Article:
This Ain’t Yo Grandma’s Kitchen

Happy Tuesday everyone!

If you’re like me, you didn’t really get alot of cooking instruction growing up. Heck, my mom cooks (bakes mostly) more now than she ever did when I was a kid. My sister and I ate mostly chicken nuggets and good ol’ mac and cheese and I remember lots of TV dinners. I cringe at the thought now but mannnn was that stuff good when I was 8. 🙂

That being said, I have been trying to navigate the cooking world for the past 3 years since I moved out of mom’s house for good. My first year away from home, my roommate cooked (if we cooked) and we experimented here and there but never enough to claim to “cook.” After that year, I moved into an apartment with just Asia, my pup. I learned pretty fast eating out is a ridiculously expensive habit, even if you’re eating the cheaper stuff. On the cheaper side, $6 a meal x 2 meals a day x 7 days a week (we’ll say I scrounged something for breakfast every day)= $84 a week. $84!

I’m not sure about y’all, but my college self and even post-college self is still not rolling in riches. I have a budget dollar amount set for everything you can possibly imagine (I even include gas as a set bill in my budget) and $84/week was definitely not a way to save money. So, I started trying to learn how to cook.

Two years later, I still wouldn’t call myself a great cook but I can manage for our household. I can also spend $150 (max) at the grocery store and feed me and my bottomless pit man every  meal and go two full weeks without cracking and ordering in or going out to eat. That’s a HUGE accomplishment. If you don’t think so, I dare you to try it.. It’s tougher than it sounds 🙂

Now, I’m not entirely sure how I would’ve managed without the turn that social media has taken in the last year or so. Without Pinterest, I would just have a much tougher time of the whole cooking thing. Grocery planning takes a good amount of time for me, I go through the ads, I make my list, and I search for coupons that correspond to my list. Then I browse Pinterest and look for a few new dinner ideas to keep dinner exciting and add the ingredients not in my cabinet to the list. Part of why people don’t like to cook is that they get bored with their options. I’m always finding something new on Pinterest for every grocery trip though, the options are infinite it seems like.

So, what next? Well, this just ain’t yo grandma’s kitchen anymore. How many cookbooks does your grandma have? I’d say mine has at least 20. How many do I have? 3. Do I use a large percentage of the recipes in there? No. I will say I do have a Fix it and Forget it cookbook and it’s all crock pot recipes and I do flip through there for at least 1-2 crock pot easy meals during the two weeks before the next grocery trip. But mostly, there’s probably 5 recipes in those that I turn to in a book of 200. My solution to that was to make my own recipe book.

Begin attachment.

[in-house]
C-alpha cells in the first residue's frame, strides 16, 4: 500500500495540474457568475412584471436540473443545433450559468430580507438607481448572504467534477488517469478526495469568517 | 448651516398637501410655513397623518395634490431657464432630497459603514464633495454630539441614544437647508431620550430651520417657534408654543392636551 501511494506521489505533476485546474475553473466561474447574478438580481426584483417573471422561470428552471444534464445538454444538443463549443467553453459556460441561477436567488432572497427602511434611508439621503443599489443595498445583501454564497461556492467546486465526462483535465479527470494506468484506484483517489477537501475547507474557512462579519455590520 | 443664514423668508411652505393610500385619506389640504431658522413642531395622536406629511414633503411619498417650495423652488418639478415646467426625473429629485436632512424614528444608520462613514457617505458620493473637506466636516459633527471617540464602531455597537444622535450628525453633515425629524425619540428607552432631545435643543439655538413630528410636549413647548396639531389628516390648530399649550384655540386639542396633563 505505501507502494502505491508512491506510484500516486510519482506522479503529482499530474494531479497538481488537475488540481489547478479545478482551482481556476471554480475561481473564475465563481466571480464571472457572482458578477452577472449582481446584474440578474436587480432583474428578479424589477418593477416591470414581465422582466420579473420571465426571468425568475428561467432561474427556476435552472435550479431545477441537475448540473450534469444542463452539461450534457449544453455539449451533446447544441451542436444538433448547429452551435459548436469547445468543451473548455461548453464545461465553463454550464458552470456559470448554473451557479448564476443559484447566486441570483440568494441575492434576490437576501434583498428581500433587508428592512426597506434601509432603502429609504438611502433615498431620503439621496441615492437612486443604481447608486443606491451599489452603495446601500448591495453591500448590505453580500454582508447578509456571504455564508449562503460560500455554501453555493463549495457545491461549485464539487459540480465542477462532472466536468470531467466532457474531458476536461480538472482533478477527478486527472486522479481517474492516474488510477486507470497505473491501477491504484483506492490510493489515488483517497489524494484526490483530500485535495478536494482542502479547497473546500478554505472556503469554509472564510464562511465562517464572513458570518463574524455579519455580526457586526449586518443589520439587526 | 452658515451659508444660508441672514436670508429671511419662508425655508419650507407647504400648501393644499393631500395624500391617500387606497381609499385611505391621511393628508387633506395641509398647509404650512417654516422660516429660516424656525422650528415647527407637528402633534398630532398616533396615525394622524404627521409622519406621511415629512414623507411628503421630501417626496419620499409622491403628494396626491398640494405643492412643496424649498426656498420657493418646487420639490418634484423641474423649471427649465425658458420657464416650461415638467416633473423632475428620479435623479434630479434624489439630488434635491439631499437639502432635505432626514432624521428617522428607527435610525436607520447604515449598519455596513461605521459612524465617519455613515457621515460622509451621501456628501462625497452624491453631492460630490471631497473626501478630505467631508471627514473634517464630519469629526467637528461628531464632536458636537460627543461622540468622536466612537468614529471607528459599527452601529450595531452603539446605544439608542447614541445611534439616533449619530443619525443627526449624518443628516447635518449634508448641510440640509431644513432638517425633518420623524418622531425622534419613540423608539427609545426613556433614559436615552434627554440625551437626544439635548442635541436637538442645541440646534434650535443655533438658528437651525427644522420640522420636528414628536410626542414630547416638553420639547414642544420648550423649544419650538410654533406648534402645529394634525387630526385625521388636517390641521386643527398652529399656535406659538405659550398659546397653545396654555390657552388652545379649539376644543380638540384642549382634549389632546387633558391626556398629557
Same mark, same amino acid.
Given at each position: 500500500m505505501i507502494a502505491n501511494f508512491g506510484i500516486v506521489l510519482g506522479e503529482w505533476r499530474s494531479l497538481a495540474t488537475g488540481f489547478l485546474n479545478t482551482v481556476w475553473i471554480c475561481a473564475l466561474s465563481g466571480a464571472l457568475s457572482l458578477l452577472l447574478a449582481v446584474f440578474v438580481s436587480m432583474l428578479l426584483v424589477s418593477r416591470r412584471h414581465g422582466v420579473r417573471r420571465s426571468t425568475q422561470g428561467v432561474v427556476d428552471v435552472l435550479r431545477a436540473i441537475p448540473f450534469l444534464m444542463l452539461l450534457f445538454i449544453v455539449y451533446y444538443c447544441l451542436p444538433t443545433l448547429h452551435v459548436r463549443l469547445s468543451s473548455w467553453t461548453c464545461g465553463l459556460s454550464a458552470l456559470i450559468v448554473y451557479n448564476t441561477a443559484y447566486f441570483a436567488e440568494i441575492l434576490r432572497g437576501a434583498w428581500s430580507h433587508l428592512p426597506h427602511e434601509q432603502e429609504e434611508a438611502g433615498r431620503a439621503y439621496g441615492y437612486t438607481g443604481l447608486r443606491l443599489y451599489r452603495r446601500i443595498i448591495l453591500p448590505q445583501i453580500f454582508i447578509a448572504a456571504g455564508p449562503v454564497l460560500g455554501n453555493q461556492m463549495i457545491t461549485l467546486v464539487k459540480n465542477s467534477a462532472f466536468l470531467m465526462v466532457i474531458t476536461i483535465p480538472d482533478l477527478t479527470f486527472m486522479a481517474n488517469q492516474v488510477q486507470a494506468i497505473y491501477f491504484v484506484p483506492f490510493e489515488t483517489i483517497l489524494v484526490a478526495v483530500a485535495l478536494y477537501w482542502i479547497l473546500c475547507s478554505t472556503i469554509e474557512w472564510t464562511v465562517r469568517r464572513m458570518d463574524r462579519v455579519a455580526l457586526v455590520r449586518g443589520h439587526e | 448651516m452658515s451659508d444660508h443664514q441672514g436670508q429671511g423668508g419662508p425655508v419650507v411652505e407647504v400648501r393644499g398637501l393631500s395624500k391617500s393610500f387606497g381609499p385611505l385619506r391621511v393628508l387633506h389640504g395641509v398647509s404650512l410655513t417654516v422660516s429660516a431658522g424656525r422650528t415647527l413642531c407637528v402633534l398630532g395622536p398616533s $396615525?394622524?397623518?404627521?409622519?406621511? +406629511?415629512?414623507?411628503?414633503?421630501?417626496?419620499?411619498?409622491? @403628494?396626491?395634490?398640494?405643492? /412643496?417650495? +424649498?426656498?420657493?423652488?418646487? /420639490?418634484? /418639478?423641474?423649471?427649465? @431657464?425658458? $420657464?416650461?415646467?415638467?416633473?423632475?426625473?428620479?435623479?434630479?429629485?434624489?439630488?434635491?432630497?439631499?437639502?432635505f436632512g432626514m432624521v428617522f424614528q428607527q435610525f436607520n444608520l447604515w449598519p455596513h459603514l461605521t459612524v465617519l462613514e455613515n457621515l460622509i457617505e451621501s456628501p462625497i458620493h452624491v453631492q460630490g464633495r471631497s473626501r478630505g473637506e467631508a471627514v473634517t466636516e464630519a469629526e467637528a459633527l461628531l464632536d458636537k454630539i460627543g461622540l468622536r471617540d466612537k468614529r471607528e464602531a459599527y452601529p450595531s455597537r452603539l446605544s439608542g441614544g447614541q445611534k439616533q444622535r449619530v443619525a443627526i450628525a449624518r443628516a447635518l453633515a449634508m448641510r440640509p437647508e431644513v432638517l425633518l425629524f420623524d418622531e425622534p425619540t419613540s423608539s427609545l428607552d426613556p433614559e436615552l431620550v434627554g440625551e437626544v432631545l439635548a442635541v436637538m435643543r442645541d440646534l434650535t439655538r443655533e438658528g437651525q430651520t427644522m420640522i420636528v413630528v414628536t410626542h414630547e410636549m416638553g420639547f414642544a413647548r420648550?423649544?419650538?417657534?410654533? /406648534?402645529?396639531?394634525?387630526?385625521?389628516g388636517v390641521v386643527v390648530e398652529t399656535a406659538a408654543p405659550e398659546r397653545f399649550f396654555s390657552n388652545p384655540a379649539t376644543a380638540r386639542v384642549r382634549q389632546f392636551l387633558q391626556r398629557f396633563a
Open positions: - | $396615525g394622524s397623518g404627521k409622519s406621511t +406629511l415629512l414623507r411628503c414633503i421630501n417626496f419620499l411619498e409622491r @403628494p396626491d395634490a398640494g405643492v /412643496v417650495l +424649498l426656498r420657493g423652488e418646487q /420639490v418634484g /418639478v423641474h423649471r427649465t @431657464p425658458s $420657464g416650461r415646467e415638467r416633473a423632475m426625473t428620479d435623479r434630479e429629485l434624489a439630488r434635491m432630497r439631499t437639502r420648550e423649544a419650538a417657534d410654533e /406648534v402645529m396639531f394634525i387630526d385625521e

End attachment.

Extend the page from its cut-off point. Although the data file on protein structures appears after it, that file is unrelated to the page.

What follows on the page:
my personal cookbook

First Step:

Pick a decent sized binder to house all of your favorite recipes. (I’m a big fan of the Green Studio office supplies and chose a binder from that brand, found at Target.)

Second Step:

Get some tools to organize your recipes.

I used Target Brand dividers and printed some cute and FREE labels.

Lots of free printable labels here, courtesy of BHG: http://tinyurl.com/printablelabels

I chose to cut my labels out and simply glue them to the divider and then hand write the chosen section. You also have the option of printing the labels out onto actual labels and using your computer to type in your categories if you want to be fancy 🙂

Third Step:

Add your favorites! This can include (and does for me) all of the Pinterest recipes that you found online and printed out as well as handwritten recipes that have been in your family or told to you by a friend.

Handwritten recipes

A great feature about making your own cook book is that everything in there is a recipe that you’ve tried and loved, so it’s definitely worth having again. You don’t have to flip randomly through a cookbook looking for that one recipe you tried one time that you think you liked. You are also free to label your sections as you like. Mine include: chicken, baked, soups, desserts, etc. Also, if you like to modify recipes like I do, you can make those notes without the guilt of marking up a book. (Or is that just me?) I always make modifications. This way, I’ll remember for next time that I varied the recipe a bit.

Modify ingredients in your cookbook so you remember for next time

Well, that’s it! Instead of having loose papers laying all over your kitchen (if you’re a Pinterest cooker, or have the habit of going on Kraft and punching in ingredients you have and trying to generate a dinner out of it) corral those recipes into your very own personal cookbook. Give it a month and you’ll be glad you did when you are scratching your head trying to come up with 1 or 2 more dinner ideas for the grocery trip. Tried and true recipes never fail! Happy cooking!

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2 comments on “This Ain’t Yo Grandma’s Kitchen

  1. arzea says:

    Great idea! I just use pinterest as my recipe book these days 🙂

  2. […] When you’re picking your brain for dinner ideas, refer to your own cook book for tried & true favorites. If you don’t have your own or a collection of favorite recipes, check out my blog post on creating your own recipe book here. […]

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